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What a mismanaged economy means for ordinary South Africans

Refiloe Ntsekhe is the DA National Spokesperson and Deputy Federal Chairperson. She also serves as Gauteng Social Development Shadow MEC. and is the constituency head for Kempton Park and Tembisa. @refiloentsekhe

As South Africans, we should be worried that our country is in crisis mode – a downward spiral into mass, uncontrollable poverty – despite the Statistician-General Pali Lehohla’s recent positive announcement about the economy.

While the Statistician-General indicates that the economy is growing, I think South Africans should be critical of celebrating this. Most growth was attributed mainly to the primary industries – but without job increases due to mechanisation. We should also remember that recently farmers reported a bumper maize crop.

A few days ago I took my car in for a service and the dealership offered me the service of a driver to take me to work. While he was driving, he was telling me that he is worried that he might lose his job as his company had already retrenched eight people this year. Eight people means eight families have lost access to an income. He further explained that he was taking care of his family (wife and three children) in Tembisa as well as his elderly parents who lived in Limpopo. Working in Kempton Park, he has rented a room closer to work so that he can walk there, and goes home to his wife and kids over the weekend. He shares this room with three other men so that it is affordable: they split the R1,000 rent four ways. If he had to go home every day, he would spend R50 on the four taxis he would take for a round trip.

In Tembisa, I spoke to a mother who relies on her teenage daughter’s grant of R330 to feed her whole family. She explained that she buys mielie-meal for R110, tea for R10, R50 for sugar, spends R45 on powder soap, R10 on bath soap, and vegetables (cabbage going for R10 every week). She keeps R50 for other emergencies that may creep up during the month. She is grateful that her daughter eats from the school feeding programme. Sanitary pads are a luxury that they simply cannot afford – so they use a cloth and plastic which they wash. As a family, they eat one meal a day, otherwise the mielie-meal does not last the month. Clothing is a luxury and they depend on the mercy of donations which they receive mainly from the local church. The situation of her neighbours, and millions of people across the country, is not that much different. This is a crisis.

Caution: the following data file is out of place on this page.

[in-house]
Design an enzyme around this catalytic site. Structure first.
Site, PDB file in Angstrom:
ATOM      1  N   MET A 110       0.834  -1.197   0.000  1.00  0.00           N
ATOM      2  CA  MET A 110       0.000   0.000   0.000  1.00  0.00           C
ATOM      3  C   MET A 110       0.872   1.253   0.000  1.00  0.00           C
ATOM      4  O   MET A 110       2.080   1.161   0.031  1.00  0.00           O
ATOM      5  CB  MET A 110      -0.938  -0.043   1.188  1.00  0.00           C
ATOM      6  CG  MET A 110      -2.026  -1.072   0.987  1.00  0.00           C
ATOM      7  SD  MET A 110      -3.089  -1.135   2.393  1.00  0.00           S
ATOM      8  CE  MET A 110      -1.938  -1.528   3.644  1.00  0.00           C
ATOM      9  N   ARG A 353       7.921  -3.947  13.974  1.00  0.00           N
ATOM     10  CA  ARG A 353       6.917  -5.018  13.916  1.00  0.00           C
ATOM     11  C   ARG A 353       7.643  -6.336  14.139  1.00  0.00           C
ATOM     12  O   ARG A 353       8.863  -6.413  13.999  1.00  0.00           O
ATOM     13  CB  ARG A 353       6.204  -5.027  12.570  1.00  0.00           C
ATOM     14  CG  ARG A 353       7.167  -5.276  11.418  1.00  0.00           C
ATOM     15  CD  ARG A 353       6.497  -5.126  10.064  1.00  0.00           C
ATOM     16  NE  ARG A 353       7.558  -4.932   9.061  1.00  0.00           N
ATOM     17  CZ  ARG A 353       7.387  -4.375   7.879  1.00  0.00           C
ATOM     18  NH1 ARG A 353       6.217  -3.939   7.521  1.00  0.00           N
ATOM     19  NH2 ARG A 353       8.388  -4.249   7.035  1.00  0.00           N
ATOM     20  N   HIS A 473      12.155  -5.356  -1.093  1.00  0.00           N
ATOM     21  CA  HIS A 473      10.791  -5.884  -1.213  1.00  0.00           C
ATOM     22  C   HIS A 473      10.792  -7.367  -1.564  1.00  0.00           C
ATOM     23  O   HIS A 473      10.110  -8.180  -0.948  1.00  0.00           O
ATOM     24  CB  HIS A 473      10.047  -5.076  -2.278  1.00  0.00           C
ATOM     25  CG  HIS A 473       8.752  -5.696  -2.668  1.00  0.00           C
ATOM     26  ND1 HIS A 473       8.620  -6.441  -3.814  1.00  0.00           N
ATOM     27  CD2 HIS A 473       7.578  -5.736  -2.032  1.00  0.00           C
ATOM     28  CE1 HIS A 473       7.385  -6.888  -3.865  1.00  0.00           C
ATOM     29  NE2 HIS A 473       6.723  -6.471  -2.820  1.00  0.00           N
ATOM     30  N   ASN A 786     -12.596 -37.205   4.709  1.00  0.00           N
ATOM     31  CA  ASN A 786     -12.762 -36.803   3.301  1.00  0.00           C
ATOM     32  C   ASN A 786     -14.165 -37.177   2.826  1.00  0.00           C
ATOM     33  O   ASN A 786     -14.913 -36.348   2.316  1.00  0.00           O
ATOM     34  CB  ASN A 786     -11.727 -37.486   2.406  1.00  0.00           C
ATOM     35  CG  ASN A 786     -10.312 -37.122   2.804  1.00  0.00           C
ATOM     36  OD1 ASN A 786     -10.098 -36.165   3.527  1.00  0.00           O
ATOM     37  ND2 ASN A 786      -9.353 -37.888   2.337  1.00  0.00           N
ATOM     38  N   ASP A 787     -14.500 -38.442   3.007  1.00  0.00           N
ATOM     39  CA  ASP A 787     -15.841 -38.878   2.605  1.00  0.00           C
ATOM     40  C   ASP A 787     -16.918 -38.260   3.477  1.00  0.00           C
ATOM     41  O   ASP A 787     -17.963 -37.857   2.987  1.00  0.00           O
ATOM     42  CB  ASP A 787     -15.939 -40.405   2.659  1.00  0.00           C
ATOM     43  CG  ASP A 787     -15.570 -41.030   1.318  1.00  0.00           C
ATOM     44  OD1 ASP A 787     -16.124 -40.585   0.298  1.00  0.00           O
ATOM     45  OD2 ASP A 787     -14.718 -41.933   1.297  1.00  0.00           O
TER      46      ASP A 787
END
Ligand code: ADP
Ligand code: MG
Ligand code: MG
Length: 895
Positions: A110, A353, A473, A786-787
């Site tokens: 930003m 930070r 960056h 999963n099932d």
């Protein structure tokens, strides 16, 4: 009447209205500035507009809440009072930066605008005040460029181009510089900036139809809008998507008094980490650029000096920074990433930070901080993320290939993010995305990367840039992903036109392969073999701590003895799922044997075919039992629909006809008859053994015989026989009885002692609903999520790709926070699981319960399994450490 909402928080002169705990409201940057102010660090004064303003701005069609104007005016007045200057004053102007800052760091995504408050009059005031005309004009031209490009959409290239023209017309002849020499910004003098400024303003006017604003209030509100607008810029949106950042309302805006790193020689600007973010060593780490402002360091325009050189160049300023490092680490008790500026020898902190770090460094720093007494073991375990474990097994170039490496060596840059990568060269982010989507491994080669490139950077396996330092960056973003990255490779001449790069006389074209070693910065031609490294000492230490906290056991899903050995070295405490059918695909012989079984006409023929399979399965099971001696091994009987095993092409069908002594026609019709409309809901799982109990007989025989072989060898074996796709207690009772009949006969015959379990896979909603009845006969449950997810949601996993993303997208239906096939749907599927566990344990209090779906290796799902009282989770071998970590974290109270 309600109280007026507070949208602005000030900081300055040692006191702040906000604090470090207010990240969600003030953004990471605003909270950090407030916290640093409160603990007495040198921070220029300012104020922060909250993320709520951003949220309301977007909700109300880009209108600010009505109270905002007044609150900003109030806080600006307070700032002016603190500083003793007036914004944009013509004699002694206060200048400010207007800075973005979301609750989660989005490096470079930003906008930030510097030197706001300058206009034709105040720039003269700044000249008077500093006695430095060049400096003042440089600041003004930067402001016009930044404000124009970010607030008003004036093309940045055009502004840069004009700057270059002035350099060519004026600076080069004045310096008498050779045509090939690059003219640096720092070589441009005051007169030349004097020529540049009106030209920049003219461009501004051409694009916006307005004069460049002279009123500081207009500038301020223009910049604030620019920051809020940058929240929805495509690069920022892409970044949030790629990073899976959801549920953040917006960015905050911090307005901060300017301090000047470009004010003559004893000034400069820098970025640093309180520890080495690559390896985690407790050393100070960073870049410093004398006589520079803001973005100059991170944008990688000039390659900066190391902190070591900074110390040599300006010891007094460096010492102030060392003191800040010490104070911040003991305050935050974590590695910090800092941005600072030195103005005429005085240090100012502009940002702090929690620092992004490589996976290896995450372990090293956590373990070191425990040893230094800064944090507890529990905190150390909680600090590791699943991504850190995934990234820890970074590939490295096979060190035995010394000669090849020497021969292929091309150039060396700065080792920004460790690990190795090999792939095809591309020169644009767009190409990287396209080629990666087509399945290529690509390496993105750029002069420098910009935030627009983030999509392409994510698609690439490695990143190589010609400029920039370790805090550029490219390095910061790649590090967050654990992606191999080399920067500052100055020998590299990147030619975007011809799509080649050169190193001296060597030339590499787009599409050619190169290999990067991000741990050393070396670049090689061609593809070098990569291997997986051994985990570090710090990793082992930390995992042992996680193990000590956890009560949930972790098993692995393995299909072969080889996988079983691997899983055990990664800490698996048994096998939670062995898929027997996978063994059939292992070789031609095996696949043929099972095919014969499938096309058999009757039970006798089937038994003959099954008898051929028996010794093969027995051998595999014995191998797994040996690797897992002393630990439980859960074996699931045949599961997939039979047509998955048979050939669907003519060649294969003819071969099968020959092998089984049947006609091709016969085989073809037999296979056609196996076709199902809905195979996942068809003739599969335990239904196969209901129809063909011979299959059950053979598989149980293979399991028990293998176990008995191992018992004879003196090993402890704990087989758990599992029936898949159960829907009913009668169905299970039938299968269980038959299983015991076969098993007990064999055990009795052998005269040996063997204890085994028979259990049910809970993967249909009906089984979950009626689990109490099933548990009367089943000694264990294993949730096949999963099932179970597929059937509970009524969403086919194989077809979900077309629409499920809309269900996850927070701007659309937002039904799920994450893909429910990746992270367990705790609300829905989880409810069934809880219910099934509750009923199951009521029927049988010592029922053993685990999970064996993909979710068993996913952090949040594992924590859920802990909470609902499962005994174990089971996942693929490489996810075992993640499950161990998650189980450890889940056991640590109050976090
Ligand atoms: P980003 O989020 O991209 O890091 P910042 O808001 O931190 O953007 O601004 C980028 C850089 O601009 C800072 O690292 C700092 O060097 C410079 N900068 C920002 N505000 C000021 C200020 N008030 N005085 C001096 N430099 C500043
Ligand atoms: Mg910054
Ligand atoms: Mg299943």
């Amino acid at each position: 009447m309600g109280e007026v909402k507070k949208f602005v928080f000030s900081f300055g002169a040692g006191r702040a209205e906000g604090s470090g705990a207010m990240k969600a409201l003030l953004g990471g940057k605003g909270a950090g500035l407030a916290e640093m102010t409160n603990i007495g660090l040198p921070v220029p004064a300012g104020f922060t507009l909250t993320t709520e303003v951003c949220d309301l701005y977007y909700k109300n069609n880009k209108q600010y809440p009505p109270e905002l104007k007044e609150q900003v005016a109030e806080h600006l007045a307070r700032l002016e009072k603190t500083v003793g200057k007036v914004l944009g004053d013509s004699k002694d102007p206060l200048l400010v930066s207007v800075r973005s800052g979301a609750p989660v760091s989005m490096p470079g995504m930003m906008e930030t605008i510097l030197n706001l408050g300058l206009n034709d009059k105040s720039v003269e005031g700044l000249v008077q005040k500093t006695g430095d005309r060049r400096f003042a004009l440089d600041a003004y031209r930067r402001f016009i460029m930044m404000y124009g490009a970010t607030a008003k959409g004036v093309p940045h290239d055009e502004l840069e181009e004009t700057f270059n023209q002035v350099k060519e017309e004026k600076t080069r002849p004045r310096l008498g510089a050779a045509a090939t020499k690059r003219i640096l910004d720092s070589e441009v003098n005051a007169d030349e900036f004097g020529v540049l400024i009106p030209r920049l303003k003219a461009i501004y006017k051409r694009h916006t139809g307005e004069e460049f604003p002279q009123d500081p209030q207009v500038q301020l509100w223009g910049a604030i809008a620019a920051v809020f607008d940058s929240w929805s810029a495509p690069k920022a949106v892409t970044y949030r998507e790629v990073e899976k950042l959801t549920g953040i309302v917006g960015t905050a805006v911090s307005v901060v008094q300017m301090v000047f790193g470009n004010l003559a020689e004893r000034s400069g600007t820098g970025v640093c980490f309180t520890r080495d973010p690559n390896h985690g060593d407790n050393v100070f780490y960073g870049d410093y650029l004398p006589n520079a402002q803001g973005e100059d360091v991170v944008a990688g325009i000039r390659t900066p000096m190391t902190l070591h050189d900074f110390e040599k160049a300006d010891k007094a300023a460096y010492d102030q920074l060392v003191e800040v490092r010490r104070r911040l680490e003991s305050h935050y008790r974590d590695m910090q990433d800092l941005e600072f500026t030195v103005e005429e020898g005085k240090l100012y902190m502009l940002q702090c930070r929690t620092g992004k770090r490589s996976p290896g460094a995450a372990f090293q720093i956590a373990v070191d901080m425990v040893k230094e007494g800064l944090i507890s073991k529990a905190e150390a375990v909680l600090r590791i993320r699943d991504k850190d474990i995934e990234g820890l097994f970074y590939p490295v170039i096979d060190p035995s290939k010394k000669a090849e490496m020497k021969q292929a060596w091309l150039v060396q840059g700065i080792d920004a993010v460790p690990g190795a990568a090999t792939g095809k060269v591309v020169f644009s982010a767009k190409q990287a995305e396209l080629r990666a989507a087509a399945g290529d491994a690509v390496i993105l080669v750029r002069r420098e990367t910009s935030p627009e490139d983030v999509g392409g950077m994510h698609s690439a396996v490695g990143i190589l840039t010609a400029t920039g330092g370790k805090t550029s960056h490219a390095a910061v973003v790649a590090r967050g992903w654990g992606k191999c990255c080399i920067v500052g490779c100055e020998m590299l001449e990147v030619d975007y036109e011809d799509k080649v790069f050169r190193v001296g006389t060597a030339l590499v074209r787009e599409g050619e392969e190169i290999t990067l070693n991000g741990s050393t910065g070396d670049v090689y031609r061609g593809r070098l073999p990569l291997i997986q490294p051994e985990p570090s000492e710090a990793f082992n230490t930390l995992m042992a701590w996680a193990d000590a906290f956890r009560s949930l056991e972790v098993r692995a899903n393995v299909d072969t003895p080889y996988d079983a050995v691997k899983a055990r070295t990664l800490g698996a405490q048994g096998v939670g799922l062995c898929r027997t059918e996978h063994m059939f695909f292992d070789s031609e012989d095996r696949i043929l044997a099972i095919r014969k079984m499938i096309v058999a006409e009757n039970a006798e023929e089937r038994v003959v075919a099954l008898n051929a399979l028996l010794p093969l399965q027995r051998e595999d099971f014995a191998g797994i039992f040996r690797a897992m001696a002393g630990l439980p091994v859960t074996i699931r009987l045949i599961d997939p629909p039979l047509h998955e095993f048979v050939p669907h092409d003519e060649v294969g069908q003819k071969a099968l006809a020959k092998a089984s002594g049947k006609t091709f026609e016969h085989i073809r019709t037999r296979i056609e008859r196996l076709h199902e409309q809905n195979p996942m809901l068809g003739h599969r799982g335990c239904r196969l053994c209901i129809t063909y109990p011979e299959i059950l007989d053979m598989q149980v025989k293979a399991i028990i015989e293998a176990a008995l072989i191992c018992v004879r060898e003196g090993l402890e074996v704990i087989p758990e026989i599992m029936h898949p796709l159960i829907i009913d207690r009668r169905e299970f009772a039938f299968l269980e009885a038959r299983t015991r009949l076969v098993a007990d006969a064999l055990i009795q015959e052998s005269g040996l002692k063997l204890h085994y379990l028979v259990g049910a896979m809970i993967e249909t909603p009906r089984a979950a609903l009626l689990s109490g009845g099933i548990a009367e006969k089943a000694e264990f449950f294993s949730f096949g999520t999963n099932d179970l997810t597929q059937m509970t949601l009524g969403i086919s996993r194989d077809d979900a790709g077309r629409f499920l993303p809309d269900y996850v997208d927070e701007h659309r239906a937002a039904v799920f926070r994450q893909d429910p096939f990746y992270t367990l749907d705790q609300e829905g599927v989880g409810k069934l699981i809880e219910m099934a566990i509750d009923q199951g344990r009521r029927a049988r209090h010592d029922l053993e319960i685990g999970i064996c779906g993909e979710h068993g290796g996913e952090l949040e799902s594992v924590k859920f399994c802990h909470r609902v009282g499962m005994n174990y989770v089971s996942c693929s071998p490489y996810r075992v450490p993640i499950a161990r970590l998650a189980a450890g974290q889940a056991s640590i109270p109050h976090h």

When we have public meetings during work hours in this community, the vast number of people, especially young people, that fill the grounds is an indication of the high levels of unemployment. This community is made up mainly of people living in RDP houses – they are grateful for their houses because they don’t live in shacks. When you interact with them individually, most wish they could work and provide for their families.

They appreciate the R330 given to them by the South African Social Security Agency but this hardly meets the needs of a child, let alone a family.

They also highlight that there is a gap – women who take care of their families don’t receive a grant so they are forced to use the child grants to provide for the families. Men also complain that there is absolutely nothing for them until they are old and qualify for an old age grant. Many indicate that they are not lazy and would love an opportunity to just earn a living but there is simply no work out there for them. Sometimes when work opportunities come into the community, it is through short-term programmes: for three months they will enjoy providing for their families, but soon after, they are back to having no income.

One man went as far as to say that such jobs are “hurtful teasers” – as they are stripped of their pride and dignity when they become unable to provide for their families again.

Here and there, one finds community members who have business ideas but there is simply no platform to harvest their ideas: give them seed capital and give them business support. This is an economic crisis.

In such a community, people have lost hope and sometimes even the will to live. Knowing that they are physically able to work but are just denied the opportunity. Instead they are surrounded by businesses that are closing down and watch as more and more people lose their jobs, their ability to provide for their family and are stripped of their dignity.

Listening to the news, one learns that the petrol price has gone up: transportation of goods will go up and ultimately food prices will go up. This is not good news for the poor people of Tembisa, and millions more across the country – it is going to make it even harder for them to provide for their families.

The poorest people are the worst affected by South Africa shedding jobs. It is mainly the poor who now struggle to put food on the table. Retailers in poor communities indicate the shrinking demand for luxury items on the shelves – with families now spending mainly on essentials. In this same poor family, where people are working, a bigger portion, sometimes up to 60%, is spent on transport costs. This is going to result in greater pressure on welfare programmes like Sassa. It is simply not sustainable to have more people on welfare than the number of people contributing to the tax base.

This is a crisis.

Although the story is from my lived experience of working in Tembisa, it is a story that many millions of South Africans can relate to. The conclusion: South Africa is facing a serious economic crisis. DM


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